* Please speak to your GP or specialist before increasing your water intake if you have been notified of having a fluid restriction.

Why is my urine red? 

A common concern and one that gets many seniors anxious and worried is red urine. Is it blood in my urine? How do I know it is not? Do I have an infection? It is normal to be confused and scared, and you are not alone.  

The general rule of thumb when you see red urine is to have a think about the food you consumed recently (e.g. beetroot, rhubarb or blueberries). The natural pigmentation in these foods may have caused a temporary change in your urine colour and it will go away once they pass through your body.  

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Another consideration is the medication you are on. For example, medication such as rifampin (Rifadin), phenazopyridine (Pyridium), and laxatives that contain senna, may cause red urine due to their inherent medicinal properties. It is perfectly normal, in such cases, to experience change in your urine colour. 

If you are unable to connect your red urine back to dehydration, food-related or medicinal-related causes, then it may be time to see your doctor. Take note of any of these symptoms:  

  • Pain in/along your sides 
  • Burning sensation during urination 
  • Strong or foul-smelling urine odour 
  • Frequent urge to urinate

 Your doctor will ask about these and may perform some tests to determine the causes of the red urine and if there are signs of blood in your urine.  

How can I treat unusual urine colour? 

In most cases, unusual urine colour is a result of dehydration and a simple lifestyle change is all that is needed. Here is what you can do: 

  •  Drink additional water and observe if your urine becomes closer to a pale yellow colour . Please speak to your GP or specialist before increasing your water intake if you have been notified of having a fluid restriction.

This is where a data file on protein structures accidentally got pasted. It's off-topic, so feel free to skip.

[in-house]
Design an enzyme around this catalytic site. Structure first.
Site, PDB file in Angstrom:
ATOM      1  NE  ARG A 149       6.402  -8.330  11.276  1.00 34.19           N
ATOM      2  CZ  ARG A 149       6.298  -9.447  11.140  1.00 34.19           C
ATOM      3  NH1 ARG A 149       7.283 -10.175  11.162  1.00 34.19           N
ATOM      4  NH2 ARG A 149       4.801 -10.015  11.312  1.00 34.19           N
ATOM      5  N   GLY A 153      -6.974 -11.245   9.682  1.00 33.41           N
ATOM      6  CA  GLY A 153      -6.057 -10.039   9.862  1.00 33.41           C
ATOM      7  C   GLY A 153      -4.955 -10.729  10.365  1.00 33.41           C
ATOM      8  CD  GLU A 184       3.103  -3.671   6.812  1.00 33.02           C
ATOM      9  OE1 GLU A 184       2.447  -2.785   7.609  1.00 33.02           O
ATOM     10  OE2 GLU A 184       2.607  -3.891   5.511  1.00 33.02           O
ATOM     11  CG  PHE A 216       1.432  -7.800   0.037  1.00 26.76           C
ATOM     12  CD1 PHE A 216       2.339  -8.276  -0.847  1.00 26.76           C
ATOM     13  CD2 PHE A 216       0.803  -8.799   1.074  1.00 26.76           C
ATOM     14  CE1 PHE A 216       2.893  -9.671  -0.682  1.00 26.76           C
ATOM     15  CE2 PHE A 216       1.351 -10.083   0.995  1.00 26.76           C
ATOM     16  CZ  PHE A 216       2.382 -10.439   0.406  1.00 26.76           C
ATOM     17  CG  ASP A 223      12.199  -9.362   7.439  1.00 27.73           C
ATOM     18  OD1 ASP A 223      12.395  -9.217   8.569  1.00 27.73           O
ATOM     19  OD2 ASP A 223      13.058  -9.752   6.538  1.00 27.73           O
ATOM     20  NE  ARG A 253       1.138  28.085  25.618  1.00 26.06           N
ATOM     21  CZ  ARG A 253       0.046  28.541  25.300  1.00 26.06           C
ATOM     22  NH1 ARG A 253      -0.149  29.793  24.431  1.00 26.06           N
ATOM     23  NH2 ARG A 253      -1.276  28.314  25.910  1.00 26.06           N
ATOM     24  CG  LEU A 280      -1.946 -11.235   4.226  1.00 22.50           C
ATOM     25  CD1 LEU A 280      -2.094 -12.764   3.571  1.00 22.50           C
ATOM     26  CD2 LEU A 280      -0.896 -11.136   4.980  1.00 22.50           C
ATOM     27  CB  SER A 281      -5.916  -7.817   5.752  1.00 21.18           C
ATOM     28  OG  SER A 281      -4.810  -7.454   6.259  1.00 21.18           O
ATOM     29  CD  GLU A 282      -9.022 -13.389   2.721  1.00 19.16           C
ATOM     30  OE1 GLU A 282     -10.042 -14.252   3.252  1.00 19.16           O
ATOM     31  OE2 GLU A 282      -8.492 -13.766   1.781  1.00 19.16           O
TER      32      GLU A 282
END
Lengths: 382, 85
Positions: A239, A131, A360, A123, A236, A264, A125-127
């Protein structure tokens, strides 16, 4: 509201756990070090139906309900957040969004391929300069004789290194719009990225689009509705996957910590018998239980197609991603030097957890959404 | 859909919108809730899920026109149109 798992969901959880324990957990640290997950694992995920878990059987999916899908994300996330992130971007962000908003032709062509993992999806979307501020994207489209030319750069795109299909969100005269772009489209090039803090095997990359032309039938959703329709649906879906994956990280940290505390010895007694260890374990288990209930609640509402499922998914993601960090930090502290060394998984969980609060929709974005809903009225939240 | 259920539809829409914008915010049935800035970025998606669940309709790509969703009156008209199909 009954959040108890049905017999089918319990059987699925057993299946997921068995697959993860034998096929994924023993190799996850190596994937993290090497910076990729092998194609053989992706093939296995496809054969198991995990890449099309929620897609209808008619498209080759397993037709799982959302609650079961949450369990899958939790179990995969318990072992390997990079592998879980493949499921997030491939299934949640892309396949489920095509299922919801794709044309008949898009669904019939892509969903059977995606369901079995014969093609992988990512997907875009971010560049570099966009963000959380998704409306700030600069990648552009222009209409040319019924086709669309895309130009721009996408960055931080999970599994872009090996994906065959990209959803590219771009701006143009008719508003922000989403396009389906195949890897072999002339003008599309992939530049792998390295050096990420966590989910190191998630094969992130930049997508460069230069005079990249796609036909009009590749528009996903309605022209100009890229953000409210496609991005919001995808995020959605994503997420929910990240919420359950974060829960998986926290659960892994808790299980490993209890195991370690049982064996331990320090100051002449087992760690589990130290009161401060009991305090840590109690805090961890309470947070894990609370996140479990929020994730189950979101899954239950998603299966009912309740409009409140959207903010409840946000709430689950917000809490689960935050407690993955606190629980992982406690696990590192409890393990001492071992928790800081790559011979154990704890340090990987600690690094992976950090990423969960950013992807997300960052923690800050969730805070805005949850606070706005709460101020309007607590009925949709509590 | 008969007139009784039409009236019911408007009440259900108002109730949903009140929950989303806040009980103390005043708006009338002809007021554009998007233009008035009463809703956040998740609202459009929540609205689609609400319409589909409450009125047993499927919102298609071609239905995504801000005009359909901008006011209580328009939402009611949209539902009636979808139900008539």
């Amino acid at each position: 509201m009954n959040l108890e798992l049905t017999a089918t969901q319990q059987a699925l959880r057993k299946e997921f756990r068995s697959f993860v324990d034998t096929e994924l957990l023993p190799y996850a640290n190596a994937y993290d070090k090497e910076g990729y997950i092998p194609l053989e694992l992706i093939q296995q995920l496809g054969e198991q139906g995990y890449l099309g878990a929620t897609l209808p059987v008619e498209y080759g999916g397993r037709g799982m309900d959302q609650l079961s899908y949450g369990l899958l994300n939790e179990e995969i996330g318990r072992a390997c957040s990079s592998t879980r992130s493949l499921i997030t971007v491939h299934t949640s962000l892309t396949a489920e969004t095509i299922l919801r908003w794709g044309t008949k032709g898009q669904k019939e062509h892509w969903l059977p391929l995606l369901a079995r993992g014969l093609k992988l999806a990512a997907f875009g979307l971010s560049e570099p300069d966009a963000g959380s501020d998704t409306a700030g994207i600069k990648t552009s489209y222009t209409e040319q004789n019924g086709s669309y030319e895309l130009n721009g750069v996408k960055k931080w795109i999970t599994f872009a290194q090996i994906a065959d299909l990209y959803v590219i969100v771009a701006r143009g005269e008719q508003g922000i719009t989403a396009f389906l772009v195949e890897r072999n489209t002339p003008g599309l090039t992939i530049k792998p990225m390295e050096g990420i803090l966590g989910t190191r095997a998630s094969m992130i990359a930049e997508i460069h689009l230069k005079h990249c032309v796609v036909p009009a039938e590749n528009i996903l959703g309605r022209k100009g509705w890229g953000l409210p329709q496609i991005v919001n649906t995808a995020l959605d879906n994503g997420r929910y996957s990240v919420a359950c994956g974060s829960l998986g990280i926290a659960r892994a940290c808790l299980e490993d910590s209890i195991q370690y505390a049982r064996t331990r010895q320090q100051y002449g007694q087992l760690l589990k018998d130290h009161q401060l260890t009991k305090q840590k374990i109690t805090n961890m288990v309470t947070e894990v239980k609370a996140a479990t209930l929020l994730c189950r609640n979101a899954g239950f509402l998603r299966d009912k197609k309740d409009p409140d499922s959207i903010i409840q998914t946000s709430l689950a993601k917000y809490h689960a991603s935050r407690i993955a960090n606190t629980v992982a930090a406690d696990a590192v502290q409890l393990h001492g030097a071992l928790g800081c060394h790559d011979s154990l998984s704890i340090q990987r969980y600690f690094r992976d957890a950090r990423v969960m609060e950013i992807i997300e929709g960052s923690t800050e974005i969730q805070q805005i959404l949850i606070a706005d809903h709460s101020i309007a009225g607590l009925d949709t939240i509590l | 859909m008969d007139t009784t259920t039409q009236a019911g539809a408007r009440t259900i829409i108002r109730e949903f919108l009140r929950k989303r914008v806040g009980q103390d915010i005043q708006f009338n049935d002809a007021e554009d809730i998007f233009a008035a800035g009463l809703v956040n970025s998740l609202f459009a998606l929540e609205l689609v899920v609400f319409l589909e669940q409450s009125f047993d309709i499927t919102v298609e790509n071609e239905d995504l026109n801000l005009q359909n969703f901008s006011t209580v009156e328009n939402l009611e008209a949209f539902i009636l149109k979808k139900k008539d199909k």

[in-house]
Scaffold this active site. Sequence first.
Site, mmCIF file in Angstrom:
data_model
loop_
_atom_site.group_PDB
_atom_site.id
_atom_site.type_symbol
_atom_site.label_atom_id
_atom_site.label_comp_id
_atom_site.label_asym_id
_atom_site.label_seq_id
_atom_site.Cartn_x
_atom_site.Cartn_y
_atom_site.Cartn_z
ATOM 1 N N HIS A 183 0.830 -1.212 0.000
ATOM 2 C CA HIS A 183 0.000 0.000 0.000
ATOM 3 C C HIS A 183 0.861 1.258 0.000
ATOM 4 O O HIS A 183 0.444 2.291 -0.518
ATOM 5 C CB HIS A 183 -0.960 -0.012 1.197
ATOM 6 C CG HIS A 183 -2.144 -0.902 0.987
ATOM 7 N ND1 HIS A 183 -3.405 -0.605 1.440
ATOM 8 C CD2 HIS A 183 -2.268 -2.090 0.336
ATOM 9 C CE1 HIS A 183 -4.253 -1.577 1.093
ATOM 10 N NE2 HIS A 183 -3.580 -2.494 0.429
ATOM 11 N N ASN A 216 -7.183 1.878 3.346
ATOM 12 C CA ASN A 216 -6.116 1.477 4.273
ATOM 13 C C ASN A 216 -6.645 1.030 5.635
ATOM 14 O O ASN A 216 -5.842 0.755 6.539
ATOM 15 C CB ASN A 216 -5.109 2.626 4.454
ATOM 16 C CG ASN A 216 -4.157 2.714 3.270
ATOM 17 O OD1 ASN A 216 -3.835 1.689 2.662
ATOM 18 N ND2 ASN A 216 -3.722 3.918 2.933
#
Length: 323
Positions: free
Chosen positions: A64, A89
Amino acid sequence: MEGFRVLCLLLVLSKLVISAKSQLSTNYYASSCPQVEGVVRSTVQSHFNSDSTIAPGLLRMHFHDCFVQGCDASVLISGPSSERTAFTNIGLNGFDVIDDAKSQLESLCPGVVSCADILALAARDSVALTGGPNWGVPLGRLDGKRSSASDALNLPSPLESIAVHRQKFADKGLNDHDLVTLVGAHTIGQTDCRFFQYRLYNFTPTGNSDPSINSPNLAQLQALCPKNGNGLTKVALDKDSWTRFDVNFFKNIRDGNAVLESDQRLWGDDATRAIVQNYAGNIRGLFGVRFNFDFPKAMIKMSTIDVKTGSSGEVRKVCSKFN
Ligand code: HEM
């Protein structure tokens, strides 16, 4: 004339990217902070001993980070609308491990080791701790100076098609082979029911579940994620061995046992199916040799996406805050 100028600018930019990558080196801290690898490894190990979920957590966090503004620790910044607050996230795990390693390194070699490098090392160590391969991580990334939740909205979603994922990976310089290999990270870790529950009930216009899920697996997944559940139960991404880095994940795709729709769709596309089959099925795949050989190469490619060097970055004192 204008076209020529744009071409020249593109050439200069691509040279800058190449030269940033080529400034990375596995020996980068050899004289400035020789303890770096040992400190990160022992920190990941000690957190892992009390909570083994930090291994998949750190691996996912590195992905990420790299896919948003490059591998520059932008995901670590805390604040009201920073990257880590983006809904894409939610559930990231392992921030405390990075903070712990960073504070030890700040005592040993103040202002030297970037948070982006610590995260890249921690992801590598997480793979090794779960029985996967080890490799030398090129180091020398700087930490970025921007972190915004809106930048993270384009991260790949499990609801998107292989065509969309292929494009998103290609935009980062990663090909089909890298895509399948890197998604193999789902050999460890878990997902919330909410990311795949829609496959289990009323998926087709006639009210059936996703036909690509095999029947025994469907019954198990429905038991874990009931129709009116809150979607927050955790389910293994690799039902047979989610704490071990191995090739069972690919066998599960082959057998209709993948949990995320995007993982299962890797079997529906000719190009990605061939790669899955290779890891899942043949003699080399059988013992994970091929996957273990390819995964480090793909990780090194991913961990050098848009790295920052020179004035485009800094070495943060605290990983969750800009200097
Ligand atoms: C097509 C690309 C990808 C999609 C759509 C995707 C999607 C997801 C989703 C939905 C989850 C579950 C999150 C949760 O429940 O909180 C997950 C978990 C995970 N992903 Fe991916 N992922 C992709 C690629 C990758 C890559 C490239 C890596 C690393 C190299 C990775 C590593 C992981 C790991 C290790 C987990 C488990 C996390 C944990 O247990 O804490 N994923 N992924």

• Cut down the consumption of foods with strong colour pigmentation (e.g. beetroot, rhubarb or blueberries) 
  • Wiping from front to back after using the toilet 
  • Keeping the genital area clean. If you are wearing incontinence aids or products, make sure they are changed regularly.  

 If you think your unusual urine colour is caused by medication, please speak to your doctor about your concerns. Do not stop taking them without first seeking professional medical advice. 

In cases of a urinary tract infection, your doctor would generally prescribe antibiotics to kill the bacteria that causes the issue. Following your prescription closely will help you get better quickly. 

Finally, seeing is not always believing. The colour of your urine can be affected by lighting, colour of the toilet and your eyesight. There is nothing embarrassing about asking your loved ones for help. Speaking to your doctor as soon as you notice something different makes a difference too. It is always better to seek professional advice sooner rather than later.